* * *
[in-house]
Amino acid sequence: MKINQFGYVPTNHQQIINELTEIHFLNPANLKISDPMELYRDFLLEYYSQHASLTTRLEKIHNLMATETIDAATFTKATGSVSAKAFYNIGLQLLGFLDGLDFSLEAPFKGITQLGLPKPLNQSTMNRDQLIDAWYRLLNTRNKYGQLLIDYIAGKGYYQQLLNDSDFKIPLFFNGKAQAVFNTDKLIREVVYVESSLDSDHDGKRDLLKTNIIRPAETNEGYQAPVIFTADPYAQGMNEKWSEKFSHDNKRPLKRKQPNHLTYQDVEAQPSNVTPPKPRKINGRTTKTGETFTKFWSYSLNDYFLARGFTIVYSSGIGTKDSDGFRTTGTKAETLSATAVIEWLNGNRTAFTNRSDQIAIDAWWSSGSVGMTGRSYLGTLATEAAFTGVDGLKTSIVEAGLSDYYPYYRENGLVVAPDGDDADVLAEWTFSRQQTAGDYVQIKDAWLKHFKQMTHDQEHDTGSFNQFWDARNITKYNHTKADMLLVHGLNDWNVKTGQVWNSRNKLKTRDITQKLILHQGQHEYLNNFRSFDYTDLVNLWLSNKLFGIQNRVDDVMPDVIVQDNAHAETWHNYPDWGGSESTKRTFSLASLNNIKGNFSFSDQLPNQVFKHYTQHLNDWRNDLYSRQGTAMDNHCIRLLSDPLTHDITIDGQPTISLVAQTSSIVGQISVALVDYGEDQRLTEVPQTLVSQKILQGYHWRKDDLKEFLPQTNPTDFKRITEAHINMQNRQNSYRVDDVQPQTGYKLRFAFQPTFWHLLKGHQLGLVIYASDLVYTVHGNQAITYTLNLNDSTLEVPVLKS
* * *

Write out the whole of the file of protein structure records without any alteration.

[in-house]
Amino acid sequence: MKINQFGYVPTNHQQIINELTEIHFLNPANLKISDPMELYRDFLLEYYSQHASLTTRLEKIHNLMATETIDAATFTKATGSVSAKAFYNIGLQLLGFLDGLDFSLEAPFKGITQLGLPKPLNQSTMNRDQLIDAWYRLLNTRNKYGQLLIDYIAGKGYYQQLLNDSDFKIPLFFNGKAQAVFNTDKLIREVVYVESSLDSDHDGKRDLLKTNIIRPAETNEGYQAPVIFTADPYAQGMNEKWSEKFSHDNKRPLKRKQPNHLTYQDVEAQPSNVTPPKPRKINGRTTKTGETFTKFWSYSLNDYFLARGFTIVYSSGIGTKDSDGFRTTGTKAETLSATAVIEWLNGNRTAFTNRSDQIAIDAWWSSGSVGMTGRSYLGTLATEAAFTGVDGLKTSIVEAGLSDYYPYYRENGLVVAPDGDDADVLAEWTFSRQQTAGDYVQIKDAWLKHFKQMTHDQEHDTGSFNQFWDARNITKYNHTKADMLLVHGLNDWNVKTGQVWNSRNKLKTRDITQKLILHQGQHEYLNNFRSFDYTDLVNLWLSNKLFGIQNRVDDVMPDVIVQDNAHAETWHNYPDWGGSESTKRTFSLASLNNIKGNFSFSDQLPNQVFKHYTQHLNDWRNDLYSRQGTAMDNHCIRLLSDPLTHDITIDGQPTISLVAQTSSIVGQISVALVDYGEDQRLTEVPQTLVSQKILQGYHWRKDDLKEFLPQTNPTDFKRITEAHINMQNRQNSYRVDDVQPQTGYKLRFAFQPTFWHLLKGHQLGLVIYASDLVYTVHGNQAITYTLNLNDSTLEVPVLKS